Pneumothorax prevention and treatment are the primary goals (PMID: 27514594):
mTOR inhibitors have been shown to be effective in managing some BHD-associated renal cancers (PMID: 26334087). The FDA has approved several agents that target the mTOR pathway to treat metastatic cases (PMID: 26334087). In addition to targeting the mTOR pathway, studies have uncovered other potential targets and therapeutic approaches for BHD-associated renal cancer that appear promising (PMID: 26334087).
An individual’s cancer risk and medical management are not determined by genetic test results alone. Overall cancer risk assessment incorporates additional factors including personal medical history, family history, as well as available genetic information that may result in a personalized plan for cancer prevention and surveillance.
It is advantageous to know if a pathogenic variant in FLCN is present. At-risk relatives can be identified, allowing pursuit of a diagnostic evaluation. In addition, the available information regarding FLCN is constantly evolving and more clinically relevant data is likely to become available in the near future. Awareness of this cancer predisposition allows patients and their providers to be vigilant in maintaining close and regular contact with their local genetics clinic in anticipation of new information, inform at-risk family members, and diligently follow condition-specific screening protocols.
Review date: March 2018
Invitae is a College of American Pathologists (CAP)-accredited and Clinical Laboratory Improvement Amendments (CLIA)-certified clinical diagnostic laboratory performing full-gene sequencing and deletion/duplication analysis using next-generation sequencing technology (NGS).
Our sequence analysis covers clinically important regions of each gene, including coding exons, +/- 10 base pairs of adjacent intronic sequence in the transcript listed below. In addition, analysis covers the select non-coding variants specifically defined in the table below. Any variants that fall outside these regions are not analyzed. Any specific limitations in the analysis of these genes are also listed in the table below.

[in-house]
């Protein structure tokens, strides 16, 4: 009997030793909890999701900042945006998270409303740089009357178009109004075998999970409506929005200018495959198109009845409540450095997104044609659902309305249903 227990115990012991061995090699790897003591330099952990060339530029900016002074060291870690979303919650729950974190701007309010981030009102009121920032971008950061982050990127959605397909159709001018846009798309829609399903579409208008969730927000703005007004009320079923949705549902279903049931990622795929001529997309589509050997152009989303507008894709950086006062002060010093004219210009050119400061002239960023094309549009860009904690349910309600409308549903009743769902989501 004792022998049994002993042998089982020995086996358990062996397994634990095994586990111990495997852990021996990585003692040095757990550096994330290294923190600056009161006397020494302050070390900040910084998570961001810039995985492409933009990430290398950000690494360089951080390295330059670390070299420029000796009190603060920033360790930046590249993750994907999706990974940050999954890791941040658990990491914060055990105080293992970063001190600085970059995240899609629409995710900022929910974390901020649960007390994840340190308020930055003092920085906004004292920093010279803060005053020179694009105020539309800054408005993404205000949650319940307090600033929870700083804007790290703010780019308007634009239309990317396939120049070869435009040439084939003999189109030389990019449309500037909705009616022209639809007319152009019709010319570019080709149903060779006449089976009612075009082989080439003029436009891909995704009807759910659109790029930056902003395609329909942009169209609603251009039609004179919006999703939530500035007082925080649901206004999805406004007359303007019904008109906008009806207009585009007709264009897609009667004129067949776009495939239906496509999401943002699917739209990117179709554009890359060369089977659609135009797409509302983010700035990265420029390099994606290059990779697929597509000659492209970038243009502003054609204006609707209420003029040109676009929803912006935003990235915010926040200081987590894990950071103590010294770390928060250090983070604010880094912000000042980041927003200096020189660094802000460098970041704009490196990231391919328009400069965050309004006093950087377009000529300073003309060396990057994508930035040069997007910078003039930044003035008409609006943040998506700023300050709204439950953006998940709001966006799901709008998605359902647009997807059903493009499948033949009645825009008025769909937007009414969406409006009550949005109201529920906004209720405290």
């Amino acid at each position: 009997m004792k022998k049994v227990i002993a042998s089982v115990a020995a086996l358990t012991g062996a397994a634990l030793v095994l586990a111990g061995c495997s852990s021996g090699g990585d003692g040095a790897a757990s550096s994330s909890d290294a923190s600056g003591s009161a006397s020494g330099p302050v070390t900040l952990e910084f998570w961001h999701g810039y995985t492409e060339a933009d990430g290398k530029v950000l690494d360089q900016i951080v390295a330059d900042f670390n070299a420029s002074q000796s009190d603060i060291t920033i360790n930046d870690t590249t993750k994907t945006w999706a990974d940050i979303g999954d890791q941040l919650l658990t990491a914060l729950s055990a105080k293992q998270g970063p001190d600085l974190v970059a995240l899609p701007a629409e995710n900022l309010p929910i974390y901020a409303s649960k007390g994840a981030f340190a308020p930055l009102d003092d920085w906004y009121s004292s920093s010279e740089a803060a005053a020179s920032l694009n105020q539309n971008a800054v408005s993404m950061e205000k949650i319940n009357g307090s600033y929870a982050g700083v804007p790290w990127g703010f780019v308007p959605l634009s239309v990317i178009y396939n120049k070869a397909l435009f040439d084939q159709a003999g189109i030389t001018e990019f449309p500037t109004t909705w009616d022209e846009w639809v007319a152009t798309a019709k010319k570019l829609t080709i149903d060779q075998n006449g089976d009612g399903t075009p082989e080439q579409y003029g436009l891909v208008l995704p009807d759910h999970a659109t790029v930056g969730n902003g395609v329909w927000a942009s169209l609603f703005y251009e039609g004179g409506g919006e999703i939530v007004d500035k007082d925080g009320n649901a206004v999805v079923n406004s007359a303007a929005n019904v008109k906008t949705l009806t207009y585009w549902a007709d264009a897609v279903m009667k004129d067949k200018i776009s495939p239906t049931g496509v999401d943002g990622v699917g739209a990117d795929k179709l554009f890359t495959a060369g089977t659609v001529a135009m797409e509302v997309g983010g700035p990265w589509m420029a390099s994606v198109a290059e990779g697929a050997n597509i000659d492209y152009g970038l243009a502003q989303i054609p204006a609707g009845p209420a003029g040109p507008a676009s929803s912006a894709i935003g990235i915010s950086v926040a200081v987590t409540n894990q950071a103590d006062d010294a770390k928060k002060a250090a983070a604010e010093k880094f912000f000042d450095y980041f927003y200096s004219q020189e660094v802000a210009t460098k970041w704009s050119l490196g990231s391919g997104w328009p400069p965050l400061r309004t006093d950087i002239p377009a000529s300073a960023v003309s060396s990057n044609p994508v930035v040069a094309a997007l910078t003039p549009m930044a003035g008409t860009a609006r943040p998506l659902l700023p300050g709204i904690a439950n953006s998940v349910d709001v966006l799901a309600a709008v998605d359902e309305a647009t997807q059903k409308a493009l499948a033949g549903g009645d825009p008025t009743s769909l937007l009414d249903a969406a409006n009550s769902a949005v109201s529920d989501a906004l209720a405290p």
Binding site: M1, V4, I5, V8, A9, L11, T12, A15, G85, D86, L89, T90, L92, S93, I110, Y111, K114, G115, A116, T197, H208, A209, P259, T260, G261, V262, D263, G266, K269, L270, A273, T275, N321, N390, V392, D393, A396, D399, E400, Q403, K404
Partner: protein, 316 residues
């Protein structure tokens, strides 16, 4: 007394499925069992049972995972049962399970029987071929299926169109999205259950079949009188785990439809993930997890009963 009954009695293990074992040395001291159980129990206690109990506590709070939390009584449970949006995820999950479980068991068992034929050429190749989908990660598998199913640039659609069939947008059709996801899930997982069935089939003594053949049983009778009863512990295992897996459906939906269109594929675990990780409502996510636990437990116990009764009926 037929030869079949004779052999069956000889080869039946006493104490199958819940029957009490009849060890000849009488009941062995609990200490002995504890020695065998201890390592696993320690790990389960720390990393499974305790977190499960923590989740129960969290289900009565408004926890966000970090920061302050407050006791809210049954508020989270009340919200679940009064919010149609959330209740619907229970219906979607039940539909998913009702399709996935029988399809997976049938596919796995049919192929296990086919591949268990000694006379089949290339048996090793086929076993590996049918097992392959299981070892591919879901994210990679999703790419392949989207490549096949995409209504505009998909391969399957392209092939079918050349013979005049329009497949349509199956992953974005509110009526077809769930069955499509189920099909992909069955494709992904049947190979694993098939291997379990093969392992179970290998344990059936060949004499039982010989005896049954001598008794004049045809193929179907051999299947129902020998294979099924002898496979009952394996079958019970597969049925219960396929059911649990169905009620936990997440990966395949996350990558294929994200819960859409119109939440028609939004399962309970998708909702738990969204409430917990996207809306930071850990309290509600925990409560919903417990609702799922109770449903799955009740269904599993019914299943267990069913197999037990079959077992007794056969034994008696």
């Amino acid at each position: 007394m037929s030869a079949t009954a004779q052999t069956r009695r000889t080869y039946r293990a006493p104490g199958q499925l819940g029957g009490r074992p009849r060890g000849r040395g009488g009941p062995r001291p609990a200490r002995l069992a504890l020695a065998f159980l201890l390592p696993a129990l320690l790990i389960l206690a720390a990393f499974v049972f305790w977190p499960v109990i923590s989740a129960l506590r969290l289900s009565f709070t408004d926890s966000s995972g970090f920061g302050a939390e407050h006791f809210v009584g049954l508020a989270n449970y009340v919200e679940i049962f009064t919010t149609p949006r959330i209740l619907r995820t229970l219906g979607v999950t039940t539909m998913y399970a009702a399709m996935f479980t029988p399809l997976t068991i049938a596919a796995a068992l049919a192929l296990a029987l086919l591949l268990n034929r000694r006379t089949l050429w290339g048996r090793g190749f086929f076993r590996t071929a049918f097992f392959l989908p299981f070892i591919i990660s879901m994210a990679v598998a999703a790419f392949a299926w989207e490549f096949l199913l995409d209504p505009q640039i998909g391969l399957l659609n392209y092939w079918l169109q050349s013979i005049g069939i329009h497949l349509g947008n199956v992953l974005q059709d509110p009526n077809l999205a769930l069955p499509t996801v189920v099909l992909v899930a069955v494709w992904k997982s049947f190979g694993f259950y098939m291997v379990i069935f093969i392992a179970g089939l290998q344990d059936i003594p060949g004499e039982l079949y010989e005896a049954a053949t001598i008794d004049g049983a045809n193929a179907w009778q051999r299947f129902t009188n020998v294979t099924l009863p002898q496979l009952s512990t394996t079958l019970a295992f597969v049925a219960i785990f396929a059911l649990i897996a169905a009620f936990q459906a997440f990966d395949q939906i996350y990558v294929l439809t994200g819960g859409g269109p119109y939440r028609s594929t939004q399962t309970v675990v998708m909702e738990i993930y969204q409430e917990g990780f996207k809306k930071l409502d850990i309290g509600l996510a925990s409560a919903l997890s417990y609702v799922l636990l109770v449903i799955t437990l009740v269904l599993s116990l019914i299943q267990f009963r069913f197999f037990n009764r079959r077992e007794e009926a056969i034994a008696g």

Based on validation study results, this assay achieves >99% analytical sensitivity and specificity for single nucleotide variants, insertions and deletions <15bp in length, and exon-level deletions and duplications. Invitae's methods also detect insertions and deletions larger than 15bp but smaller than a full exon but sensitivity for these may be marginally reduced. Invitae’s deletion/duplication analysis determines copy number at a single exon resolution at virtually all targeted exons. However, in rare situations, single-exon copy number events may not be analyzed due to inherent sequence properties or isolated reduction in data quality. Certain types of variants, such as structural rearrangements (e.g. inversions, gene conversion events, translocations, etc.) or variants embedded in sequence with complex architecture (e.g. short tandem repeats or segmental duplications), may not be detected. Additionally, it may not be possible to fully resolve certain details about variants, such as mosaicism, phasing, or mapping ambiguity. Unless explicitly guaranteed, sequence changes in the promoter, non-coding exons, and other non-coding regions are not covered by this assay. Please consult the test definition on our website for details regarding regions or types of variants that are covered or excluded for this test. This report reflects the analysis of an extracted genomic DNA sample. In very rare cases, (circulating hematolymphoid neoplasm, bone marrow transplant, recent blood transfusion) the analyzed DNA may not represent the patient's constitutional genome.